share
by Alex Palmer | June 30, 2015
Employees feel employers could be doing a better job at communicating with them, a new survey finds. New findings from workplace mobile app maker theEMPLOYEEapp finds that less than half of American workers feel their employers do a sufficient job of communicating information to them.

The findings come from the second part of the "2015 Mobile Trends in the Workplace Study," which drew on the responses of more than 200 workers. The results showed that workers put a high level of importance on their interactions with employers, as 68 percent of respondents said the frequency of communication with employers affects their job satisfaction and 62 percent said the methods of communication used impacts their job satisfaction.

Despite this, just 45 percent of workers felt their employer did a strong enough job communicating with them, while 33 percent said they would like more frequent communication. 

Part of the issue may be the channels that company leadership uses to communicate with staff. Respondents reported that 89 percent of their companies use email for internal communication, and 80 percent communicate in person. Just 24 percent use text messaging, 10 percent use mobile apps, and 8 percent use social collaboration tools. Since use of these more recent communications tools skew younger, it may be that their lack of use more greatly affects the younger workers.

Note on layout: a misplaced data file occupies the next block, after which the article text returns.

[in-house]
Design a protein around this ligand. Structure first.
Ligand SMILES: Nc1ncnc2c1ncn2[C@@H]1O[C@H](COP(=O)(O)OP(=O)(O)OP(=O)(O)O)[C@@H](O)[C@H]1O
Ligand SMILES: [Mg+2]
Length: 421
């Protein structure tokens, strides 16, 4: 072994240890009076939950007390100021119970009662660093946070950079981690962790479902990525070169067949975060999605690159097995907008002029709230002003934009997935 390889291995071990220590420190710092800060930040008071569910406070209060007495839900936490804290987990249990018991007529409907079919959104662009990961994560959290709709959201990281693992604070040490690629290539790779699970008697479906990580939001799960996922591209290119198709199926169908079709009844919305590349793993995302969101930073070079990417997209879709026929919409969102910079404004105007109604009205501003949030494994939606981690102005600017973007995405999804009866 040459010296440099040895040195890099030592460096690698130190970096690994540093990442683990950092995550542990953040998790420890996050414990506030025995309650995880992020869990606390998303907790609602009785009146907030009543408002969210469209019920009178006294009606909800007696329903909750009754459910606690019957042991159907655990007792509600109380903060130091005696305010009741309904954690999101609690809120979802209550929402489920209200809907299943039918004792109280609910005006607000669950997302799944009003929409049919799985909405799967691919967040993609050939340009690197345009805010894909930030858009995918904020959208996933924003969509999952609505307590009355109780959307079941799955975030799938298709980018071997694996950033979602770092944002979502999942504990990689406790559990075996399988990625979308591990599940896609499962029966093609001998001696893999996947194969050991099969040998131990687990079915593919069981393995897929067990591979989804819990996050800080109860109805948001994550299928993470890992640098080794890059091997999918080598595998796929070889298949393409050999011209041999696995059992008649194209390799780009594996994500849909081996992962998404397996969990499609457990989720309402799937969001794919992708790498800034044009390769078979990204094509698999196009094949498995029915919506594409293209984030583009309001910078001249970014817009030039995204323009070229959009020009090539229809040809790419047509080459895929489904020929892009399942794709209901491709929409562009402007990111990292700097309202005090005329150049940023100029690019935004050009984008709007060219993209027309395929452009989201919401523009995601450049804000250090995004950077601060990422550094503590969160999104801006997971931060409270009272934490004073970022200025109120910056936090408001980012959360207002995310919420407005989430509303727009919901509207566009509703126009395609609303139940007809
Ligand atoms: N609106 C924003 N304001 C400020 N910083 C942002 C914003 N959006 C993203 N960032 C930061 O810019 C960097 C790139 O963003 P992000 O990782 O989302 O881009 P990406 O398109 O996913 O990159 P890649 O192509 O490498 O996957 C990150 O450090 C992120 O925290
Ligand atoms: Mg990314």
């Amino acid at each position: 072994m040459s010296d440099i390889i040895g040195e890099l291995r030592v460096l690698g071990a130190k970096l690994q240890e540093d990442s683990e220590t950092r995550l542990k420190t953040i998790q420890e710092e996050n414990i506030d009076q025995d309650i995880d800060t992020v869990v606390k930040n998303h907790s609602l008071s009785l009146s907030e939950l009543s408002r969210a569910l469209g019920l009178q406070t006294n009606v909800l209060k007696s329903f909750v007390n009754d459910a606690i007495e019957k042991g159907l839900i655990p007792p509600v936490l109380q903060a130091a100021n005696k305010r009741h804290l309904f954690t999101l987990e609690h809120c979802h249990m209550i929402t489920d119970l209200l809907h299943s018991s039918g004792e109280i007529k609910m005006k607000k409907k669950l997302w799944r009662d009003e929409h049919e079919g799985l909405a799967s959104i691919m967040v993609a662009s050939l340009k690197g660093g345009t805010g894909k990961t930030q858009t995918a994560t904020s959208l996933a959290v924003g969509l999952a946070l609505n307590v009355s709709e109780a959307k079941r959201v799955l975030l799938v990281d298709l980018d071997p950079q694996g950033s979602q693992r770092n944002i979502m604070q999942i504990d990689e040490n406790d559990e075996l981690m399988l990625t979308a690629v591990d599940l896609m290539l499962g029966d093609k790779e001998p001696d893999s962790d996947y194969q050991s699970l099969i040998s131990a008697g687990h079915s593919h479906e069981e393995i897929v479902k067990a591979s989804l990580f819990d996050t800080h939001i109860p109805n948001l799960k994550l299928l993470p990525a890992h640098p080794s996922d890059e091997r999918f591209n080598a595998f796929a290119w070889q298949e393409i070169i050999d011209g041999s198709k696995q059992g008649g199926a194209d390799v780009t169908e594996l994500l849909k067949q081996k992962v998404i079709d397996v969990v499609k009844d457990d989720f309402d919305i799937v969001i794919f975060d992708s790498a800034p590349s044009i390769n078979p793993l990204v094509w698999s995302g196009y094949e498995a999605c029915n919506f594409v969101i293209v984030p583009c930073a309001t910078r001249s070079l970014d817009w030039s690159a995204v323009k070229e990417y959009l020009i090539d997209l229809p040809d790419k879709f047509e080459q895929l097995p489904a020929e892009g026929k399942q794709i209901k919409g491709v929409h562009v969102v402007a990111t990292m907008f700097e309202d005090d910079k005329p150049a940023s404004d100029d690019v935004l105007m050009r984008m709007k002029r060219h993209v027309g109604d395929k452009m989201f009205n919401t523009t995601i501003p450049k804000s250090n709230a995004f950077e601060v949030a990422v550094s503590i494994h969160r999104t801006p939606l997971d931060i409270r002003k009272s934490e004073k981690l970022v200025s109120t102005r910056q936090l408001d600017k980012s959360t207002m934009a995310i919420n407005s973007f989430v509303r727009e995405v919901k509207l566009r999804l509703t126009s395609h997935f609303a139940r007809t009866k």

"Half of the respondents to theEMPLOYEEapp survey identified themselves as part of the 'Millennial' or 'Gen X' generations," said theEMPLOYEEapp Founder and CEO Jeff Corbin. "And it is well established that [the Millennial and Gen X generations] are growing and will constitute the vast majority of the workforce in the coming years," said Corbin. "Since these individuals grew up with a cell phone in their hand and are accustomed to having instantaneous access to information, communications solutions like mobile apps, social collaboration, and messaging tools need be considered if a company is serious about engaging with its employees."

The first part of the survey looked at the needs of remote and on-the-go workers.